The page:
Planned Parenthood activists demonstrate outside of the Department of Health and Human Services on Oct. 20. (J. Scott Applewhite/AP)

Quinta Jurecic, deputy managing editor for the Lawfare blog, is currently serving as a member of The Post’s editorial board.

Jane Poe is the pseudonym of a 17-year-old girl who crossed the border from Mexico into the United States this fall. We don’t know her home country or her real name, neither of which have been made public. What we do know is that she discovered she was pregnant while in a government-funded shelter for undocumented minors, and that the pregnancy was the result of rape. She asked for an abortion and said she would hurt herself if she didn’t receive one. The Office of Refugee Resettlement (ORR), which oversaw Poe’s shelter, refused to allow it.

Last month, Poe finally was able to get an abortion after an order by a federal judge. She is one of three teenage girls whose abortions the Trump administration has fought in court to block. Each time, it has failed, but there will surely be others in Poe’s position: teenagers exposed to terrible violence who want an abortion but have roadblocks thrown in their path. Poe told officials that her relatives threatened to beat her if she ended the pregnancy that resulted from her assault; the first girl whose case the government litigated left her home country after being abused by her mother. When these girls crossed the border, they found more abuse in the form of a policy that sought to leverage government power against them without the constraint of law. Even now, ORR is fighting in court to disclose Poe’s abortion to the same uncle she said promised to hurt her if she received it — and who could end up as Poe’s government-approved caretaker in the United States.

Under E. Scott Lloyd, the antiabortion activist appointed by President Trump to lead the agency, ORR has prohibited pregnant undocumented minors from attending counseling at anywhere other than “life-affirming” crisis pregnancy centers. In fact, Lloyd requires federally funded shelters to request his personal permission before “facilitating” any access to abortion.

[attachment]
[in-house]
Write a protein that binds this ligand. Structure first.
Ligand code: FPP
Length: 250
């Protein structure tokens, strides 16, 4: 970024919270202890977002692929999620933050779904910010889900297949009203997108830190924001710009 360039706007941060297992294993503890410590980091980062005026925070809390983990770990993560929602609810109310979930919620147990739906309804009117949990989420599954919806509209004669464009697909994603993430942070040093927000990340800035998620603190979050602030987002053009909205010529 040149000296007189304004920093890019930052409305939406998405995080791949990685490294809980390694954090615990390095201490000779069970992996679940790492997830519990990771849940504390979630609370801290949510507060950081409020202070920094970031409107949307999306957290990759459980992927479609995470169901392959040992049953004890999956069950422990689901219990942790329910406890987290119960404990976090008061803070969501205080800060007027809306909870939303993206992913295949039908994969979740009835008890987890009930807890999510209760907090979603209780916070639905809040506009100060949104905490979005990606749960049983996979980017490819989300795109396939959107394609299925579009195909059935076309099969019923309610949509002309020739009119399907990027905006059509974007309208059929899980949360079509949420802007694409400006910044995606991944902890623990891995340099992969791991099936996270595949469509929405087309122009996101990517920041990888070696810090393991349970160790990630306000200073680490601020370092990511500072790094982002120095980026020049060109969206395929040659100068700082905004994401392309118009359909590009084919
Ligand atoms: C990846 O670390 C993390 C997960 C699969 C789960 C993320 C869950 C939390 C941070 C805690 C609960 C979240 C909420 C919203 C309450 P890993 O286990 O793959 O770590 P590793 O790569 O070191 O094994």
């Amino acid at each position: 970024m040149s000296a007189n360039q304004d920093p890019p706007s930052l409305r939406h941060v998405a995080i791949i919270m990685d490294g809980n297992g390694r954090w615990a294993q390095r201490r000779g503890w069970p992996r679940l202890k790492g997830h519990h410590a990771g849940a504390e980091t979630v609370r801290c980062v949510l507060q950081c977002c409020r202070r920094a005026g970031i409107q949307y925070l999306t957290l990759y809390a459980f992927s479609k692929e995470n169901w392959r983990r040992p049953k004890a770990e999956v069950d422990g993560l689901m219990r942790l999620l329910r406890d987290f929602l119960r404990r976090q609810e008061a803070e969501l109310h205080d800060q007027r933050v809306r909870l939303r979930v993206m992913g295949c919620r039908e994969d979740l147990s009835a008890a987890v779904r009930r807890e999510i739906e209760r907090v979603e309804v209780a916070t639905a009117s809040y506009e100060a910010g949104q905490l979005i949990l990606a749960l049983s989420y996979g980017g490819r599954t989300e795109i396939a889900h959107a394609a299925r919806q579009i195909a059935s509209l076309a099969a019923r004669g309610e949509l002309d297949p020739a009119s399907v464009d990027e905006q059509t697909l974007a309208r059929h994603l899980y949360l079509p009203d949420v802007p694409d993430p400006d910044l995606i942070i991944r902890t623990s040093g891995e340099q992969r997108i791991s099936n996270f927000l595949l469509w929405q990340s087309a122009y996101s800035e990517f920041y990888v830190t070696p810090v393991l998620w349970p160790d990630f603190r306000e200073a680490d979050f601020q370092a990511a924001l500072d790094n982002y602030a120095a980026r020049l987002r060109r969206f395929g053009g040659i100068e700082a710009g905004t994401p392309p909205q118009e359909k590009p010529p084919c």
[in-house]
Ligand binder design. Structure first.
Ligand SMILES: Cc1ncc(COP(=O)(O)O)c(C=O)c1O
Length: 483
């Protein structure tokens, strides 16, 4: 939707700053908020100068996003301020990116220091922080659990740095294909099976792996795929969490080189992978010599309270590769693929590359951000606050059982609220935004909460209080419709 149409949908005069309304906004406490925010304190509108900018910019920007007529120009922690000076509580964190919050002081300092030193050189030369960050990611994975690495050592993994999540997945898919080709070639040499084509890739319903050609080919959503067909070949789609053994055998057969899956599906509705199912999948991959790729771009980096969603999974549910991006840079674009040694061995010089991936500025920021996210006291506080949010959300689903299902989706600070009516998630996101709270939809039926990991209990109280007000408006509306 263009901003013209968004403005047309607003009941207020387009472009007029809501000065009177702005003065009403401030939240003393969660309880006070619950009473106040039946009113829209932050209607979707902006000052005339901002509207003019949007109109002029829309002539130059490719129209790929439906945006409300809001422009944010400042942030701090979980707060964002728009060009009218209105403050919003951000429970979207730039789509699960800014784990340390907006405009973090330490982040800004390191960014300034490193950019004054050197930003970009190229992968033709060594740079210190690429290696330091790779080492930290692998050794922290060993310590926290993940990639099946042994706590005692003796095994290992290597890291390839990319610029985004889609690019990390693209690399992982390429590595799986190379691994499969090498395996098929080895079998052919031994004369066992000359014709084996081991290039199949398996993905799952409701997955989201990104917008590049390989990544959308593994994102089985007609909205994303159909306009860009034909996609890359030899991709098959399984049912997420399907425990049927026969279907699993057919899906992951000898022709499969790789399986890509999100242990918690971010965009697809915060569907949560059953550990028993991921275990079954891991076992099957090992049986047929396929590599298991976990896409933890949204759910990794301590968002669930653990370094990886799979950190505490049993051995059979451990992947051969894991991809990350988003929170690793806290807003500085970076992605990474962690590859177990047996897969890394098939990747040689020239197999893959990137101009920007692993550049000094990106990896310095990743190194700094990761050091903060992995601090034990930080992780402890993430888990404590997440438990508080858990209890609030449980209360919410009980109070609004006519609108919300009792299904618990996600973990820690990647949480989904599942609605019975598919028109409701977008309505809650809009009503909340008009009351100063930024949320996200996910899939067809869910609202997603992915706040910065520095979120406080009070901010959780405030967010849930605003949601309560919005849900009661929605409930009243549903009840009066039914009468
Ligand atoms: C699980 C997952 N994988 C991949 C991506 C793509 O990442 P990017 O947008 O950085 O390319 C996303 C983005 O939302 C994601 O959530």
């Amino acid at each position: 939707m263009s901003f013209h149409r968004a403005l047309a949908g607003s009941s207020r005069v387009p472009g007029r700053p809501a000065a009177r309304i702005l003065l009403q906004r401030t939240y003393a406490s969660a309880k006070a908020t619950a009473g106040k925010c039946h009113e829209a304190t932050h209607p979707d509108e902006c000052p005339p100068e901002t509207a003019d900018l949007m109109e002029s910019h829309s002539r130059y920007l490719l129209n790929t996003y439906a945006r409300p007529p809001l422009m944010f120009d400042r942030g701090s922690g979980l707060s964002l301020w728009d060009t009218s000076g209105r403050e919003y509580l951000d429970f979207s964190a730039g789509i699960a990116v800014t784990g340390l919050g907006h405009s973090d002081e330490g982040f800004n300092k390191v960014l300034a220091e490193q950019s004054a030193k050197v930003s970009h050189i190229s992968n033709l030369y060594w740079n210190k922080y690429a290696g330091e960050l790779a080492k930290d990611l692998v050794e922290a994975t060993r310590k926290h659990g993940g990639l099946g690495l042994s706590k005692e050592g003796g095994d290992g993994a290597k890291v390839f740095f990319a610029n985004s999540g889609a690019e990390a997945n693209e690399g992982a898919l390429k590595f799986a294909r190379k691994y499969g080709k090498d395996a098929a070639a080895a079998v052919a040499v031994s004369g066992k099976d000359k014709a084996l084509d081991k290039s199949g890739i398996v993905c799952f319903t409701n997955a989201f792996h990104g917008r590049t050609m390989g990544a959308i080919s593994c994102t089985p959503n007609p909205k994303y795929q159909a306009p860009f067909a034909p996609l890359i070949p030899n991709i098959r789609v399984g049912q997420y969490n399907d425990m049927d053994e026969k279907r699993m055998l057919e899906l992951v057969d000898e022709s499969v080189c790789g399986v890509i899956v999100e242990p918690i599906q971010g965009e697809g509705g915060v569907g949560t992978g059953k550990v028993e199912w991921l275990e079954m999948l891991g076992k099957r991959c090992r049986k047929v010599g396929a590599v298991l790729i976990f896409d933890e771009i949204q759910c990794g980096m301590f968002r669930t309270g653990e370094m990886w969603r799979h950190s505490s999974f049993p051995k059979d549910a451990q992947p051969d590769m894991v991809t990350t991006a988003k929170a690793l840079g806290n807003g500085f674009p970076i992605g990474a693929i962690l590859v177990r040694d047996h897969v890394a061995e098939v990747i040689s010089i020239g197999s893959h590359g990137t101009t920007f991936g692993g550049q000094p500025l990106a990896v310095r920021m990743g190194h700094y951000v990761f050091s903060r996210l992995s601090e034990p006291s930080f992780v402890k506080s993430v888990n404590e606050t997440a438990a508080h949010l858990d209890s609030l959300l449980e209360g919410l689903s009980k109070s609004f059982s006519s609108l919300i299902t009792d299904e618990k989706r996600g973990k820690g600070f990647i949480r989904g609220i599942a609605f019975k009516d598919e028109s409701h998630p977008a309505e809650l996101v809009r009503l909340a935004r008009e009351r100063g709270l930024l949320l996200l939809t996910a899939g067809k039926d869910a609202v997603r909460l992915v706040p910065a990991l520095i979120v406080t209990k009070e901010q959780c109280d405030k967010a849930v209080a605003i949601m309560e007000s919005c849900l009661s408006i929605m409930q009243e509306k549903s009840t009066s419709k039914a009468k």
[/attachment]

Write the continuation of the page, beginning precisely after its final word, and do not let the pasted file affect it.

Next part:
What’s most striking about Lloyd’s memo refusing Poe’s procedure is the utter lack of legal analysis. As a person within the United States, Poe had a constitutional right to an abortion. But Lloyd focused instead on his own religious convictions. “To decline to assist in an abortion here is to decline to participate in violence against an innocent life,” he wrote. “Moral and criminal responsibility for the pregnancy lies with [Poe’s] attacker, and no one else.”

Perhaps this explains why the government’s arguments before the courts have been so flimsy. The Justice Department acknowledges — though Lloyd, in a personal court filing, does not — that Roe v. Wade grants undocumented girls in ORR’s care the right to an abortion. It just argues that ORR has no obligation to “facilitate” that abortion. Yet in each case so far, private organizations stand ready to arrange and pay for the procedure — meaning that the “facilitation” described by the Justice Department more or less involves unlocking the shelter door. Under the Supreme Court’s 1992 opinion in Planned Parenthood v. Casey, the government cannot place an “undue burden” on a woman’s access to reproductive health care.

Casey, incidentally, upheld a Pennsylvania state law requiring minors to obtain the consent of at least one parent before receiving an abortion. The state in which Poe is being held has no such law, but as the American Civil Liberties Union notes in its court filings on her behalf, Lloyd’s policy essentially places ORR in the position of a parent empowered to give that approval. The comparison is not entirely a metaphor: Lloyd reportedly views himself as a “foster father” to those in ORR’s custody.

Lloyd’s memo displays this same confusion between ORR’s responsibilities as a government agency and Lloyd’s imagined role as a private guardian. For the most part, he writes as if he is bound not by laws constraining government action but only by his conscience. In this light, his refusal to honor a constitutional right echoes legal battles by Hobby Lobby and the Little Sisters of the Poor — both private organizations with a religious opposition to abortion — to seek legal exemptions from requirements to provide contraceptive health-care coverage to their employees.

Like Hobby Lobby, Lloyd seeks to avoid what he sees as complicity in abortion. Unlike Hobby Lobby, his role as the director of a government agency means he has an obligation to the contrary.

Supreme Court Justice Antonin Scalia, an observant Catholic, once remarked that if he came to believe that Catholic doctrine held the death penalty to be immoral, he would resign from the bench: He felt he could not have squared his belief in the constitutionality of capital punishment with the requirements of his religion. Likewise, a person who feels he can’t compromise on his belief of the evils of abortion might not be suited to run an agency charged with the care of undocumented girls who might seek to end pregnancies. There’s a reason our laws treat government actors differently than conscientious citizens.

And in the end, that’s why Lloyd’s assertion in these cases is so troubling: The coupling of a government official’s power alongside a private individual’s relative lack of legal restraint makes for a disturbing combination — especially when that power is wielded over some of the most vulnerable among us, teenagers far from home.